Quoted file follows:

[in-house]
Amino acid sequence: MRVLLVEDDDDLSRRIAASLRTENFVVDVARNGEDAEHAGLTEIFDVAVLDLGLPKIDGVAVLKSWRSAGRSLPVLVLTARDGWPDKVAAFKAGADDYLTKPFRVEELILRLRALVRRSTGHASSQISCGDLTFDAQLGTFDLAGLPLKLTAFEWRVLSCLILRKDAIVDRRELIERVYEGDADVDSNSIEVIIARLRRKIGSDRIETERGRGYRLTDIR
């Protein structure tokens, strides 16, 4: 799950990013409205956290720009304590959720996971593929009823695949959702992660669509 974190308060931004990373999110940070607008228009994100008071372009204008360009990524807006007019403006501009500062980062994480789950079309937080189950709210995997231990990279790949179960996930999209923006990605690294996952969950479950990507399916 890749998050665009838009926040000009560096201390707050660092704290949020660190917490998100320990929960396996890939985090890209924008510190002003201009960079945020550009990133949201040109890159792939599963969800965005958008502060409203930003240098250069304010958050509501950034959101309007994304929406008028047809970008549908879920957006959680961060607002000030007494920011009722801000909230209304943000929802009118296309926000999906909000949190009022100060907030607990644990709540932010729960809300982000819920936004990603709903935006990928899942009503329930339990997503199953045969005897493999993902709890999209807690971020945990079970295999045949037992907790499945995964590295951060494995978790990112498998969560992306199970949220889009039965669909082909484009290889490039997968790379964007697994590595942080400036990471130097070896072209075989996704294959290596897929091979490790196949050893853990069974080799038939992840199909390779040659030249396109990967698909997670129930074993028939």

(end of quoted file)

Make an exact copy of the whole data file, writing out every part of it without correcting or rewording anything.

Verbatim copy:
[in-house]
Amino acid sequence: MRVLLVEDDDDLSRRIAASLRTENFVVDVARNGEDAEHAGLTEIFDVAVLDLGLPKIDGVAVLKSWRSAGRSLPVLVLTARDGWPDKVAAFKAGADDYLTKPFRVEELILRLRALVRRSTGHASSQISCGDLTFDAQLGTFDLAGLPLKLTAFEWRVLSCLILRKDAIVDRRELIERVYEGDADVDSNSIEVIIARLRRKIGSDRIETERGRGYRLTDIR
């Protein structure tokens, strides 16, 4: 799950990013409205956290720009304590959720996971593929009823695949959702992660669509 974190308060931004990373999110940070607008228009994100008071372009204008360009990524807006007019403006501009500062980062994480789950079309937080189950709210995997231990990279790949179960996930999209923006990605690294996952969950479950990507399916 890749998050665009838009926040000009560096201390707050660092704290949020660190917490998100320990929960396996890939985090890209924008510190002003201009960079945020550009990133949201040109890159792939599963969800965005958008502060409203930003240098250069304010958050509501950034959101309007994304929406008028047809970008549908879920957006959680961060607002000030007494920011009722801000909230209304943000929802009118296309926000999906909000949190009022100060907030607990644990709540932010729960809300982000819920936004990603709903935006990928899942009503329930339990997503199953045969005897493999993902709890999209807690971020945990079970295999045949037992907790499945995964590295951060494995978790990112498998969560992306199970949220889009039965669909082909484009290889490039997968790379964007697994590595942080400036990471130097070896072209075989996704294959290596897929091979490790196949050893853990069974080799038939992840199909390779040659030249396109990967698909997670129930074993028939």